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Spice Herbal Smoke Blend

Chase Corbitt Burnett, 16, of Fayetteville, Ga., passed away on Sunday, March 4, 2012. Chase was a 10th grade honor student at McIntosh High School in Peachtree City, Ga. Chase loved the Lord; he was a member of First Baptist Church Peachtree City. He had a zest for life, family and friends. Chase never met a stranger and made everyone feel special. He was on the Junior Varsity soccer team, and an "EXTREME" sports enthusiast. He also recently found the love of golf. He received his primary education at Landmark Christian School in Fairburn, Ga.


Chase’s death was a result of drowning in the family’s hot tube … precipitated by the use of "Spice”.  Chase’s parents do not want this to happen to another young person period and we all have an opportunity to use our direct influence to assist them.  They want families, teens to know what "Spice” is and what it does to wonderful young people who are pulled into the false sense of security they feel when they use something that they can purchase legally.  Although the original "Spice” was banned there has been some altering of ingredients that took it out of the banned Schedule 1 classification and the product can be found in some convenience stores, head shops and on the internet.    



Description: Spice is an exotic herbal smoking blend that releases a rich and pleasing aroma when burned. The plants contained in Spice have been used for spiritual purposes by ancient cultures throughout the world. Spice packs are packaged in a high quality re-sealable pouch to ensure freshness. The uplifting aroma of Spice is acceptable anywhere and anytime. It is perfect whilst chilling out at home or hanging out with friends. Packaged in a high quality re-sealable pouch to ensure freshness. This blend is not your typical herbal smoke. It is absolutely intoxicating and extremely potent. (this is from a website that was selling the product - they had an addendum at the bottom that they were no longer selling the product)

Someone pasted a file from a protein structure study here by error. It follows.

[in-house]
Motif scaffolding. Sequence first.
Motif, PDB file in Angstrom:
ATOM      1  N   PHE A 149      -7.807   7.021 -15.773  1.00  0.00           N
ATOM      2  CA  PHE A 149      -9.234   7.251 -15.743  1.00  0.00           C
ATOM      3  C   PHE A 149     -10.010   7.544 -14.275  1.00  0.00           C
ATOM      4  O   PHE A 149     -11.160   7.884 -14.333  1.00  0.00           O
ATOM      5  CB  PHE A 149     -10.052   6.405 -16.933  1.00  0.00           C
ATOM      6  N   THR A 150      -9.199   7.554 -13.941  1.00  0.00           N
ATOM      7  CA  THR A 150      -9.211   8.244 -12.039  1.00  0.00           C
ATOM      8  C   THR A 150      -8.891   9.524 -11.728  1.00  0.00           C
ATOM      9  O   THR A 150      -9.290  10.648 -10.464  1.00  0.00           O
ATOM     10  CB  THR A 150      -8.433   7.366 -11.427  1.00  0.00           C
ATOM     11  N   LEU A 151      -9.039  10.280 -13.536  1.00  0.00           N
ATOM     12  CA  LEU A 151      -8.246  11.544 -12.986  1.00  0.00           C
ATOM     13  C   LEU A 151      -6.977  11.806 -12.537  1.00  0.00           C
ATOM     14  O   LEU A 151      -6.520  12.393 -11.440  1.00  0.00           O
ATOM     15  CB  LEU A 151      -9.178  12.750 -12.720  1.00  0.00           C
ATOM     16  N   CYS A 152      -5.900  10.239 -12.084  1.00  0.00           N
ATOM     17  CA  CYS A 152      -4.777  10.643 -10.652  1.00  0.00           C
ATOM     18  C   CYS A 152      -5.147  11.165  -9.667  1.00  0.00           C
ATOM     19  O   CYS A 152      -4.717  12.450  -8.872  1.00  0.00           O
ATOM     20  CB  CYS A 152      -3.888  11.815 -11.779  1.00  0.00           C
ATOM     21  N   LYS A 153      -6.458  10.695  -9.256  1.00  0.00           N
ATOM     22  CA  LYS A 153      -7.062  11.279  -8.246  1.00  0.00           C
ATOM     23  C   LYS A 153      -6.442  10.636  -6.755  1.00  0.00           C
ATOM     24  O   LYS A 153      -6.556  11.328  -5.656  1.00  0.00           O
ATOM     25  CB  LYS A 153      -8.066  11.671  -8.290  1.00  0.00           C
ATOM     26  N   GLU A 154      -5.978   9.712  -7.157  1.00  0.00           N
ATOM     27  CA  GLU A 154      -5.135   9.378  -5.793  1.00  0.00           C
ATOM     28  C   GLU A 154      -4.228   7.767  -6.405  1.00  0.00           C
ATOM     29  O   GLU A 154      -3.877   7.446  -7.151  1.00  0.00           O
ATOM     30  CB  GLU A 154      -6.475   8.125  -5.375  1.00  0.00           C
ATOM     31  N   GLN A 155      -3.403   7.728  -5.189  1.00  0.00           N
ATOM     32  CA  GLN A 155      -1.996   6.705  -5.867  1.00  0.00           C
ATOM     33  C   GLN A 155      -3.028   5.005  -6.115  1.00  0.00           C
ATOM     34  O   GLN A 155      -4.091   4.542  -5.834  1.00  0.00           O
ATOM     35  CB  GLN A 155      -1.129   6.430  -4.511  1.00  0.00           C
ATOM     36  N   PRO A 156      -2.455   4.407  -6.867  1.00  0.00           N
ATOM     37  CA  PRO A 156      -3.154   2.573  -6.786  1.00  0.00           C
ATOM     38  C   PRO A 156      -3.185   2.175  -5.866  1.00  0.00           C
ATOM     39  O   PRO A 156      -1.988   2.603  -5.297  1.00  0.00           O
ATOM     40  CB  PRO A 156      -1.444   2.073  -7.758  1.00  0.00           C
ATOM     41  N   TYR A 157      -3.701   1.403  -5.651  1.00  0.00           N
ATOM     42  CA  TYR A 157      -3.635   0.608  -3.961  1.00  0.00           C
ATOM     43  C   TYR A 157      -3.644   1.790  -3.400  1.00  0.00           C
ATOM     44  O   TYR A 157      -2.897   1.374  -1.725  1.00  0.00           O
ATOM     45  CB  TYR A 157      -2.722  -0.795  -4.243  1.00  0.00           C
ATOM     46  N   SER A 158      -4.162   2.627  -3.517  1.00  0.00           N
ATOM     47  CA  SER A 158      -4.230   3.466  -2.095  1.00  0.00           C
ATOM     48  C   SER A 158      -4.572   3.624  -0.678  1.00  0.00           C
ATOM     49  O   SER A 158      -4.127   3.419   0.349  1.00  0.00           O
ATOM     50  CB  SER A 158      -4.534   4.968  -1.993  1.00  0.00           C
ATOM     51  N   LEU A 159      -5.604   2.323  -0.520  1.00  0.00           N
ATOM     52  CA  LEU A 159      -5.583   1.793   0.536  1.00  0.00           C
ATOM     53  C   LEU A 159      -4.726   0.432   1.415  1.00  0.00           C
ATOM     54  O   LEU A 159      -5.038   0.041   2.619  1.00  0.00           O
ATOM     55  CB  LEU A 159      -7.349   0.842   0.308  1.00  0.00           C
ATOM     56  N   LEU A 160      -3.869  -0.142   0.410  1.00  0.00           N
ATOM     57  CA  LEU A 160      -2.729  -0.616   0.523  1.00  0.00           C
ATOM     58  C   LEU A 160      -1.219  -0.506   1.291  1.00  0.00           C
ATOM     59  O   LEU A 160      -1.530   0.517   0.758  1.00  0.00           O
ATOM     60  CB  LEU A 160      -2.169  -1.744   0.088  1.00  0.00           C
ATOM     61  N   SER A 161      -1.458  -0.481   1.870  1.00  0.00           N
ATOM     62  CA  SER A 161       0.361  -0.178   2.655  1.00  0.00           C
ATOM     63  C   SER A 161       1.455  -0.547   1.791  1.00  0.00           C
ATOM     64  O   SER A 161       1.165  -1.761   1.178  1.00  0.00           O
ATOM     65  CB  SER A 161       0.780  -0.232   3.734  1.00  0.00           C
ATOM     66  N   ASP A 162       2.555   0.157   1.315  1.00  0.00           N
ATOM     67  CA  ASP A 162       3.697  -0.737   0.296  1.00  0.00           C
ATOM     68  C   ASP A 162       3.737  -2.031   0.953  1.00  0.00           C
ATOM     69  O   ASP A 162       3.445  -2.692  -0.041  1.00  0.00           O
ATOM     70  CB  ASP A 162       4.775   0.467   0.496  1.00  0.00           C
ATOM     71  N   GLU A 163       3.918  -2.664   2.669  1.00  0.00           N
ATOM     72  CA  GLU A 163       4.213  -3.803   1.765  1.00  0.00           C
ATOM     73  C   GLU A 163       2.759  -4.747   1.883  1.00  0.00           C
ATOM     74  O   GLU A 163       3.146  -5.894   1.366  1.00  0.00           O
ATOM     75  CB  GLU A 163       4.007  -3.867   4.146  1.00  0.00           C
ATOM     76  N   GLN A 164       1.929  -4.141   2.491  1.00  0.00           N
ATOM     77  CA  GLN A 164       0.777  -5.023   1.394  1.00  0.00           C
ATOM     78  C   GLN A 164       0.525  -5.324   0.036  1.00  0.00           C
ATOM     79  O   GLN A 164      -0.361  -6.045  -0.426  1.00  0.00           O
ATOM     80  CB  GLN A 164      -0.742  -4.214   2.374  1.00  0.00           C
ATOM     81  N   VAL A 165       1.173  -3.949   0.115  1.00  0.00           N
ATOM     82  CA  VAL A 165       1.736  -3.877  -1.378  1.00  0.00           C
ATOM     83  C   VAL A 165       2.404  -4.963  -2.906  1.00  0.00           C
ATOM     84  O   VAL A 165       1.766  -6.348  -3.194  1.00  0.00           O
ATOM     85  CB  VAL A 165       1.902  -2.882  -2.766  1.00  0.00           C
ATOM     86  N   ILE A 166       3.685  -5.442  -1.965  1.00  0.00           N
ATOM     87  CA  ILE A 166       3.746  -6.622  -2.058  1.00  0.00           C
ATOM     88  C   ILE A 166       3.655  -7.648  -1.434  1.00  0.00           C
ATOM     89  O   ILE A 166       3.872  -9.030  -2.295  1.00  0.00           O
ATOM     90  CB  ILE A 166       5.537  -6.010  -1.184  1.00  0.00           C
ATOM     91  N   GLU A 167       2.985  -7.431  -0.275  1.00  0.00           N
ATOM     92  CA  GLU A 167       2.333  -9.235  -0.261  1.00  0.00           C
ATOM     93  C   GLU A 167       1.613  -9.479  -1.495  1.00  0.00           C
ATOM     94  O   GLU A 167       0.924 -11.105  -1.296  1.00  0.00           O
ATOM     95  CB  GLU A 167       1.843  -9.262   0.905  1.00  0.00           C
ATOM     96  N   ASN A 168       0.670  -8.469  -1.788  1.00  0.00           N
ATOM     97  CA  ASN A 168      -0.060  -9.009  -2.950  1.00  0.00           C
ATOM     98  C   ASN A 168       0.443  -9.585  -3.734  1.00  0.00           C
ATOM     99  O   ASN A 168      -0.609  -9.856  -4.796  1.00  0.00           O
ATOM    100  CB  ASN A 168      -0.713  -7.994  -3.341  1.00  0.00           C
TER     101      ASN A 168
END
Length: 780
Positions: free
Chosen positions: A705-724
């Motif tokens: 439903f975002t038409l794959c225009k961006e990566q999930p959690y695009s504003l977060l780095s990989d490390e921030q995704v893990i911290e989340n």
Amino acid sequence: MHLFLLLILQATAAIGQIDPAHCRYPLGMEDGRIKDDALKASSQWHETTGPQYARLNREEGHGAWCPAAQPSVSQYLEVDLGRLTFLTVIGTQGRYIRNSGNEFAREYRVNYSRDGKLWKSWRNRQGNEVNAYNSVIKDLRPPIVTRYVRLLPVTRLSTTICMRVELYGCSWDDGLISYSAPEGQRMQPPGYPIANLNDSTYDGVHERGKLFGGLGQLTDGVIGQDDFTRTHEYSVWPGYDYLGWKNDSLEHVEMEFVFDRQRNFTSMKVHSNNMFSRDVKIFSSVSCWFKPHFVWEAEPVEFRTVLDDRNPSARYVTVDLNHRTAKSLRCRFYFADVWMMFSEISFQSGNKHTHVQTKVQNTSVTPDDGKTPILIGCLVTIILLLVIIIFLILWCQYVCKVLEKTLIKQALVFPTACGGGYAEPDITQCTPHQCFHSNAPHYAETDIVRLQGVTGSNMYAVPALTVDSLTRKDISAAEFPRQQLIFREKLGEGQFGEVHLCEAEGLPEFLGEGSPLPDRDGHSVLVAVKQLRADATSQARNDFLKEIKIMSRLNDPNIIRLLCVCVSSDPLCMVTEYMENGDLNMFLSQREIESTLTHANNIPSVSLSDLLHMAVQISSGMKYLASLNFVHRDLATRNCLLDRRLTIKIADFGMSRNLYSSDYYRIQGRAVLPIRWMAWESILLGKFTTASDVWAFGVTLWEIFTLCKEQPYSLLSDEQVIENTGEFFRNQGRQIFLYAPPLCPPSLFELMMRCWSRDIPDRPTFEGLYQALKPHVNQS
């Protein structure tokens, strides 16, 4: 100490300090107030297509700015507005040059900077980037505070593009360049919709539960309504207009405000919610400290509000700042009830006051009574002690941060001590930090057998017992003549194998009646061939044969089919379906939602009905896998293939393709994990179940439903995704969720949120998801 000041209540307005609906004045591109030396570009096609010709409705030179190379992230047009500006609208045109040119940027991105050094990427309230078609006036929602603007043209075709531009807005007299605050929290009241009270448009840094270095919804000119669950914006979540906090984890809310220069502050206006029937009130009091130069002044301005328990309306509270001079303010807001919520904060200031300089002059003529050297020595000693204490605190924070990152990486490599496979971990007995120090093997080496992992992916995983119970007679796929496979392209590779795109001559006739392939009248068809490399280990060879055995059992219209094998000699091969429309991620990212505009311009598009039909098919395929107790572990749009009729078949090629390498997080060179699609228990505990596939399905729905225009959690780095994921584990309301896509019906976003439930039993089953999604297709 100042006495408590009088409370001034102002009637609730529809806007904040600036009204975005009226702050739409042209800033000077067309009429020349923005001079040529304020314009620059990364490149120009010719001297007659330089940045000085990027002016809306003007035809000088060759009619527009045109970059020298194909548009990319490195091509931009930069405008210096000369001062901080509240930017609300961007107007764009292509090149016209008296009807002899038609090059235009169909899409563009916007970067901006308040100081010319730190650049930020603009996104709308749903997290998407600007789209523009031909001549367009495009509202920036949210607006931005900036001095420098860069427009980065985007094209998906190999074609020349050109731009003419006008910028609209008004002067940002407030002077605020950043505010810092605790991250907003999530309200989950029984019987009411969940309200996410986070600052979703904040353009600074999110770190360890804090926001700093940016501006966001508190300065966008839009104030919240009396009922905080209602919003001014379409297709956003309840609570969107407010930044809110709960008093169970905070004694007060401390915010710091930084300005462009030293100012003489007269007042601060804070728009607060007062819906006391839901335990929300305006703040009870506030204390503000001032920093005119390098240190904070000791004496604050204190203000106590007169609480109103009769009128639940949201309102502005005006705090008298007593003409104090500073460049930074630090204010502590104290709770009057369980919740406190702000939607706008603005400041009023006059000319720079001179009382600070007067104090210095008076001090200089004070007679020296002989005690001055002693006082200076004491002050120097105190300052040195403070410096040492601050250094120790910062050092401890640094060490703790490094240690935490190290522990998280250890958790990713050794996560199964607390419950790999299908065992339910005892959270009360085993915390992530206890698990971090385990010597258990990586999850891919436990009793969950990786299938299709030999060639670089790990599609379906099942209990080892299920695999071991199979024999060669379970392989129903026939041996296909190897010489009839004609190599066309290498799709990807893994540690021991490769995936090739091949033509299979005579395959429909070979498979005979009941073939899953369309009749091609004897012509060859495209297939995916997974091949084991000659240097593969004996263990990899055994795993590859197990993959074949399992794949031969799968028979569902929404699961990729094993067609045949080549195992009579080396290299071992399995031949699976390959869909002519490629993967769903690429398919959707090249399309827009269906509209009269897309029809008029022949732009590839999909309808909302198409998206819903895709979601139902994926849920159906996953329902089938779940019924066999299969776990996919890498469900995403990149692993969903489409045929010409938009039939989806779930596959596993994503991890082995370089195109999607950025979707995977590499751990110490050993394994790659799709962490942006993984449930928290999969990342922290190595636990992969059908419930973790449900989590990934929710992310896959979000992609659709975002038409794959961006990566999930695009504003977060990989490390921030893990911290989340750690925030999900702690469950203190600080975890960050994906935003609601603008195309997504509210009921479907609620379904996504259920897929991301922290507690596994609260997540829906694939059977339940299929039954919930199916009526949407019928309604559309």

(http://www.drugabuse.gov/publications/infofacts/spice )

"Spice” is used to describe a diverse family of herbal mixtures marketed under many names, including K2, fake marijuana, Yucatan Fire, Skunk, Moon Rocks, and others. These products contain dried, shredded plant material and presumably, chemical additives that are responsible for their psychoactive (mind-altering) effects. Spice mixtures are sold in many countries (USA) in head shops, gas stations, and via the Internet, although their sale and use are illegal throughout most European countries.

There’s a drug popular with teens in the U.S. that many parents may never have heard of, but worst of all – it is legal. This drug, called "Spice” or "K2” is said to give the user a marijuana-like high. Sold in shops and online as incense, it is being smoked as a legal alternative to marijuana. But this drug appears to have far more dangerous side-effects and without the necessary regulation, consumers have no idea what they’re really getting.

Spice originally appeared on the scene in the late 1990s, but didn’t really become popular until 2008. As the drug gained popularity in Europe, scientists began conducting research into the composition of this drug and any potential effects on the body. As a result of these investigations, many countries subsequently banned Spice including Germany, France, Chile, Poland, Russia, South Korea, Sweden, Switzerland, Austria, and the U.K. The United States currently has no such ban on the drug, likely due to the fact that it has only recently become popular in the U.S. (The U.S. Drug Enforcement Administration (DEA) recently banned five synthetic cannabinoids3 by placing them in Schedule I status under the Controlled Substances Act. Schedule I status means that the substance is considered to have a high potential for abuse and no known medical benefits; and as such, it is illegal to possess or sell products that contain the substance.)

German researchers were able to determine that Spice contained a variety of synthetic cannabinoids, which are chemical compounds devised to produce marijuana-like effects. There was a high quantity of other synthetic chemicals found as well, indicating that a user really has no way of knowing what they are being exposed to. Worse yet, Spice appears to have many negative side effects that marijuana does not such as anxiety attacks, hallucinations, nausea, and a chemical dependency. Three teenagers in Roswell, GA were recently hospitalized after using Spice. One teen had a severe reaction to the drug, resulting in swelling of the brain.

Currently there is no way to test for the use of Spice, as it is not a regulated drug. Theoretically, children under the age of 18 cannot buy the drug, as head shops and online stores are not supposed to sell to minors. As this drug is still legal in the U.S., many people may be led to believe that it is a safe alternative to marijuana. This could not be further from the truth. Parents, teachers, and lawmakers need to be made aware that this drug is out there and that it has the potential to harm the lives of our children.

There is much more that can be found on the internet about this terribly dangerous and popular drug among teens.  One national survey (Monitoring the Future) from Fall 2011 statistic stated that 1 in 9 high school seniors had reported using this drug


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